"The house is big enough for the kids to have privacy, but we're close enough so we don't feel isolated from them," she says. "My concern, when they get older there's not going to be a lot of privacy for everyone. I tell my husband, they're not going to have any places to hide girlfriends when they're teenagers."
But even in Eichlers, kids can always hide in their rooms. "We can see them, that's for sure," Stacy Binns says of her two kids, who live in an Eichler in San Mateo's Nineteenth Avenue Park.
"Not in my room," her son Graham pipes up.
Another place for kids to escape parental purview is the neighborhood surrounding their home. Like many parents today, Melissa Beard doesn't let her kids run free, though she takes them and their friends to the pool in Evergreen Commons' gated community park, an amenity supplied by the Strengs.
"Parents today don't feel comfortable with their children wandering," she says. "That's why I like the park. They can run amok without me having to worry."
There are neighborhoods, however, where kids still take to the hills—or at least the valleys. Valerie Calegari's Davis neighborhood is one. The neighborhood is increasingly filled with kids, and they play outside on the street at will.
"You wanna play Two Square?" Rowan asks his sister. The two are soon tossing a ball at each other, hoping it bounces just right in the proper square. The neighborhood is safe for street play, Valerie says, because "we are a side street off a side street off a side street."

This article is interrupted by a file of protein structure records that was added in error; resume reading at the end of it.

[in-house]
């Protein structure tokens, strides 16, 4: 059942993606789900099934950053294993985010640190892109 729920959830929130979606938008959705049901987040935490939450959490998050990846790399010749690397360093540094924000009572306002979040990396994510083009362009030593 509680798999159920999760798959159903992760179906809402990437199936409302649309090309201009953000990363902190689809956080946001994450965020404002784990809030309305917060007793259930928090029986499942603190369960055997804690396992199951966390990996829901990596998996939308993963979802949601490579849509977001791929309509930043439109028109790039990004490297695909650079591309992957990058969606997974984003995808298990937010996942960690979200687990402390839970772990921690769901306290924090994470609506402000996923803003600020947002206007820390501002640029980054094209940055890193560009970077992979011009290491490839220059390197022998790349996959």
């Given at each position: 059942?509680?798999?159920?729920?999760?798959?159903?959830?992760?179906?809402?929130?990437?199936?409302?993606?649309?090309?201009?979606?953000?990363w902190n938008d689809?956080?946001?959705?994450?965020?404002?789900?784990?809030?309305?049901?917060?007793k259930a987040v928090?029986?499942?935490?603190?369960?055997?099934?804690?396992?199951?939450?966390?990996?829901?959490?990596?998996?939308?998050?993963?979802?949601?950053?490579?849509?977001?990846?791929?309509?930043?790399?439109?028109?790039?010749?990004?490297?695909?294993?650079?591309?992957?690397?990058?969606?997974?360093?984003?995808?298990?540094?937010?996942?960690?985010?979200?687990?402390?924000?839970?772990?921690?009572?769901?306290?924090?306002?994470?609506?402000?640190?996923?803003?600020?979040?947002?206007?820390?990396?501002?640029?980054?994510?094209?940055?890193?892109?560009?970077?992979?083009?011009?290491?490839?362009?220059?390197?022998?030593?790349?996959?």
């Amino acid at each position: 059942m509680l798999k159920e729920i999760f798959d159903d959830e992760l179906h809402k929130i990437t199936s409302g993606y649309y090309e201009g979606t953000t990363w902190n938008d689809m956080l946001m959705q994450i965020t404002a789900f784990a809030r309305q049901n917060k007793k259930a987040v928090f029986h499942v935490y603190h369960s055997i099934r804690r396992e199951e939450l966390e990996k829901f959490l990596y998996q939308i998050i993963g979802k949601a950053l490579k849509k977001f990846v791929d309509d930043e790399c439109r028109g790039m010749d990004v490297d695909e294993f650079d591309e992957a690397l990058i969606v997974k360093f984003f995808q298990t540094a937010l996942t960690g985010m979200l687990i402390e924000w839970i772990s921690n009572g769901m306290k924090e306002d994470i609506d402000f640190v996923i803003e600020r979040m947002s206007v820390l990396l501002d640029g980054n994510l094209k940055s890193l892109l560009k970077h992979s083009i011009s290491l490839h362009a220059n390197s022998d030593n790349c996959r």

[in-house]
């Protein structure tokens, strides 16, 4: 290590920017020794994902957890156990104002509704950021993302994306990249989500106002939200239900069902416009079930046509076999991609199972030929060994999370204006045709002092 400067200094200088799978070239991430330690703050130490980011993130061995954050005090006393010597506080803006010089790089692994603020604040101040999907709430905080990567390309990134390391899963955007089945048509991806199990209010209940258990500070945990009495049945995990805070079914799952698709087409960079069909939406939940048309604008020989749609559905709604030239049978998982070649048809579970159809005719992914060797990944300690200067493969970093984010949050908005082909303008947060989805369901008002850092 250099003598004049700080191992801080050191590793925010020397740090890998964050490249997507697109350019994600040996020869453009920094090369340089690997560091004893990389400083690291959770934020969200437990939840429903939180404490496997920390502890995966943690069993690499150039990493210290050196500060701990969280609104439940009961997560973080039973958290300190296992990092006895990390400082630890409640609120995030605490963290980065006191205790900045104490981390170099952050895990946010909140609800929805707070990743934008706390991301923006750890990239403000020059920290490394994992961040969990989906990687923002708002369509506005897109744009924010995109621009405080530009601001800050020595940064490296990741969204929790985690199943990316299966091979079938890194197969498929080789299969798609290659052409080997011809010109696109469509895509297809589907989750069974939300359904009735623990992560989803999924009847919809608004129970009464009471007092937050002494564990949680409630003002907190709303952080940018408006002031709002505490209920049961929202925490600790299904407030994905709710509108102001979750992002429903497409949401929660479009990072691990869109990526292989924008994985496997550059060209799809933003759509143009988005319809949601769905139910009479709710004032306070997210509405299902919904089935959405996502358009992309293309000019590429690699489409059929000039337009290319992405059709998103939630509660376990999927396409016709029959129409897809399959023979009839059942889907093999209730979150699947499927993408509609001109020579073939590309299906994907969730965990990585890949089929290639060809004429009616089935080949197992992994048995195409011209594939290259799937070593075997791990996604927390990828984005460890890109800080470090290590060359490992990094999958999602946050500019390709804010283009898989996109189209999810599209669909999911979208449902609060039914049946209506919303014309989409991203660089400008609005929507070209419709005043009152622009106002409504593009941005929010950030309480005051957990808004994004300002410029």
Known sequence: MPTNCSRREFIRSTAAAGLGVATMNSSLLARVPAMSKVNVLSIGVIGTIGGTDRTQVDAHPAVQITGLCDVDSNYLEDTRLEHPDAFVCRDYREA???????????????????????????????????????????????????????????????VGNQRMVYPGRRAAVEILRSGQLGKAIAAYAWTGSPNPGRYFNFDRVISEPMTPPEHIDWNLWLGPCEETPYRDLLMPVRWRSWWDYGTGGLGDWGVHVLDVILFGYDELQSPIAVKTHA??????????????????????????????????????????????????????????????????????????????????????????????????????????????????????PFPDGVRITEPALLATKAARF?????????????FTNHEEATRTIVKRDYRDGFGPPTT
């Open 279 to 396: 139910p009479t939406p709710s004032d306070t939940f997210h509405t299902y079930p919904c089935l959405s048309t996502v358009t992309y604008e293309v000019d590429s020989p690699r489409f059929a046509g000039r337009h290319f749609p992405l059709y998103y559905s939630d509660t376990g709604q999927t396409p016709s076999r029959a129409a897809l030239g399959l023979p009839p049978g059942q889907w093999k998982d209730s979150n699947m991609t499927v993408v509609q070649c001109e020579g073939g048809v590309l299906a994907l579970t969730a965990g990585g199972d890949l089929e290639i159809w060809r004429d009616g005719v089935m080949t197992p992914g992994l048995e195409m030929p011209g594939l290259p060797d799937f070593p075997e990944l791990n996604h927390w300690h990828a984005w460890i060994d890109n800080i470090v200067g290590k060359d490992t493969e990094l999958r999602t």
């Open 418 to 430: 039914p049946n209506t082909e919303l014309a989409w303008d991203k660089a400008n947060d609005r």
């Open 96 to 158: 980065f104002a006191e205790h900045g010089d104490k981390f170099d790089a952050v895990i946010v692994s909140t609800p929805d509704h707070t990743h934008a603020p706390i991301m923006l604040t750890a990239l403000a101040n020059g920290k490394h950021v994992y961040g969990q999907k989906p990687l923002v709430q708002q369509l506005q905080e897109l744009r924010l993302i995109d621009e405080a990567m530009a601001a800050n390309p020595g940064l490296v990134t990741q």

Davis is known for its network of bike trails and for safe streets, and Rowan takes advantage of it by biking all over town with his buddy. Both of Calegari's children bike to school.
In Rancho San Miguel, many kids bike to school. "The bike racks at school are filled most of the time," Ethan Schick says. Yes, growing up modern can be great—but it's not without its own peculiar dangers.
"The fact that the walls are made of glass makes it easy for things to go wrong," Isaac Schick observes, recalling the time a friend pushed on a panel, smashing it. "It just breaks and shatters, not like the glass in a car's windshield."
His dad has since gotten a rider for home insurance covering glass.
And Ethan has been known to grab a ball and shout, "Let's play some catch!"
"Not in the house. Can't do it!" his dad instructs.
And smooth floors may be fun but they can be a disaster waiting to happen. "My son spills water, it's like an ice rink," Melissa Beard says. "You will fall. He just yells, 'Mom!' And I come and wipe it up."
And how about those rocks next to the Beards' indoor tree? Or the tree itself? Or that attractive, original wooden screen that divides family room from living area?
"I just have a home where you tell the kids not to throw the rocks, or hang on the partition, or climb the tree," Melissa Beard says.
Then there are the dangers not to the children but to your valuables.
The San Filippos have temporarily replaced a collectable modern coffee table with one worth $10. The Hans Wegner sideboard remains, but if Dash touches it, "it's an instant time out," his mother Mona says. "If he touches it by accident, he screams and runs, 'Oh no! I don't want time out!'"
In the home Stacy Binns and husband George Bennett share with daughter Ivy and son Graham, with a Saarinen lounge chair, circular Eames coffee table, and Jean Prouvé dining table, "we learned at a very young age to respect the furniture," their daughter Ivy says.
But it doesn't pay to worry overmuch about your furnishings—not when you're raising a family, Scott San Filippo says. "Living with any kid," he says, "you've got to go with the flow."